Many drugs never get to market
Cancer drug research is entering a new era which will mean more successful drugs for patients, says a charity.
However, Cancer Research UK called for pharmaceutical firms and academics to be more open about those which do not make the grade.
Improved knowledge of cancer's biology means 18% of new drugs, compared with 5% previously - will become standard treatments, said the charity's experts.
Their research was published in the journal Nature Reviews Drug Discovery.
The hunt for cancer drugs is carried out on a massive scale, but there is also a massive failure rate, as promising candidates fall by the wayside in clinical trials.
This costs drug firms and charities such as Cancer Research UK many millions, although scientists can learn lessons even from expensive failures.
Some studies have estimated that, in the past, just 5% of cancer drugs in the pipeline actually end up in the clinic being used day to day.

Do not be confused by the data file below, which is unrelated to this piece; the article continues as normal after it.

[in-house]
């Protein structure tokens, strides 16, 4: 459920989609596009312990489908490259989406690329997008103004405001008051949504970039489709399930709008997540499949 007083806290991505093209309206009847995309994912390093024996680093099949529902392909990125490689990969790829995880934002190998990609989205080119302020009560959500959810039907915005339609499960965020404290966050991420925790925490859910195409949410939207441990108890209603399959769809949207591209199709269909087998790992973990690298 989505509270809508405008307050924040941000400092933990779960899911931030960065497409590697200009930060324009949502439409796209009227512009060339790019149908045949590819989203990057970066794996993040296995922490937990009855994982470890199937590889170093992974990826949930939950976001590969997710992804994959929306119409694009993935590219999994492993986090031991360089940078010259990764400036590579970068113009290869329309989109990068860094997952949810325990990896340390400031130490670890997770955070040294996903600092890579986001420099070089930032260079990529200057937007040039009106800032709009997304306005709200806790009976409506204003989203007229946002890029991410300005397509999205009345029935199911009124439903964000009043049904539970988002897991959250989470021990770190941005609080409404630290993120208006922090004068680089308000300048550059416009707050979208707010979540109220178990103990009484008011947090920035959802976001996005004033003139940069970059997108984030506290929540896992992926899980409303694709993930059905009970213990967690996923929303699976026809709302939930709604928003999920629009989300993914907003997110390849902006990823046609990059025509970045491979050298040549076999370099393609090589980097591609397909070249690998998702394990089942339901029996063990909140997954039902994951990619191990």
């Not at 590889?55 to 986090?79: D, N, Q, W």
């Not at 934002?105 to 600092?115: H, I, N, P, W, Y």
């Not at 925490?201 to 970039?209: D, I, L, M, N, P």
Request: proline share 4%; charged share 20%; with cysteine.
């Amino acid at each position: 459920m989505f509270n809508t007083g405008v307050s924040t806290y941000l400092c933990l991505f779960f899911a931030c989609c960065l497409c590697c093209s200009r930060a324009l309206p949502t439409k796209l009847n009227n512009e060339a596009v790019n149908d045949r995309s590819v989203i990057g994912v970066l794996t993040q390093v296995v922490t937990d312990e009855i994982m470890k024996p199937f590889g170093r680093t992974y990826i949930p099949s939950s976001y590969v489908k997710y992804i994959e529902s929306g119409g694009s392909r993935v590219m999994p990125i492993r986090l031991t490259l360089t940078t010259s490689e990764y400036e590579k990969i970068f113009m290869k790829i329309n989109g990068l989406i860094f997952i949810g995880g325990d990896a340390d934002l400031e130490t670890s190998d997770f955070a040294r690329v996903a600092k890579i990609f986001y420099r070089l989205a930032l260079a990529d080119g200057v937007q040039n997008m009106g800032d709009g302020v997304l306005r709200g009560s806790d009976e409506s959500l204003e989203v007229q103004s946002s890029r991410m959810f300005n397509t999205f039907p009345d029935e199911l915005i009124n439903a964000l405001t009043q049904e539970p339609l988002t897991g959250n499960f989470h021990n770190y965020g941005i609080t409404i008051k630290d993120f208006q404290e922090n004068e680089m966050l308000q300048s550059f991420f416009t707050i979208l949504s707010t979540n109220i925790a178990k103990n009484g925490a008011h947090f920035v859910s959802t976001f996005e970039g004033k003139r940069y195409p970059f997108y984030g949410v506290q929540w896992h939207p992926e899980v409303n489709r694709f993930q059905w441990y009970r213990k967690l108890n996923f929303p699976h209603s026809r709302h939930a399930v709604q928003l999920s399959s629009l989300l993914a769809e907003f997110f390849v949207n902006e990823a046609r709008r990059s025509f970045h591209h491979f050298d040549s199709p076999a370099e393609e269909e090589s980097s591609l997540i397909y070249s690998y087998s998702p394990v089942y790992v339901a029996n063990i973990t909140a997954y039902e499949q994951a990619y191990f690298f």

Data on 974 drugs under development, gathered by Cancer Research UK experts, suggests that 18% of them will prove successful in clinical trials.
It is hoped that many of them will be alternatives to conventional chemotherapy, which can have unpleasant and dangerous side-effects, targeting the mechanisms of cancer cells more directly, with less damage to healthy cells.
Dr Ian Walker, the licensing manager at the charity's commercial development arm, said: "This clearly demonstrates the benefits of developing molecularly targeted treatments for cancer - understanding more about the basic biology of cancer is making a real difference to the success rate for new anti-cancer drug development."
The ability to tailor drug choices to the genetic make-up of patients in some cases is also having a benefit.
However, Professor Herbie Newell, also from Cancer Research UK, said that minimising the number of "failures" - and their cost to the industry - would be vital, and this could be helped if researchers and drug companies were more open about what worked, and what did not:
"We strongly believe that both industry and academia must improve the availability of data related to failed as well as successful drug development programmes.
"The sharing of such information can only be beneficial for clinical, scientific and commercial reasons - and will help measure our progress as well as pinpoint areas for improvement."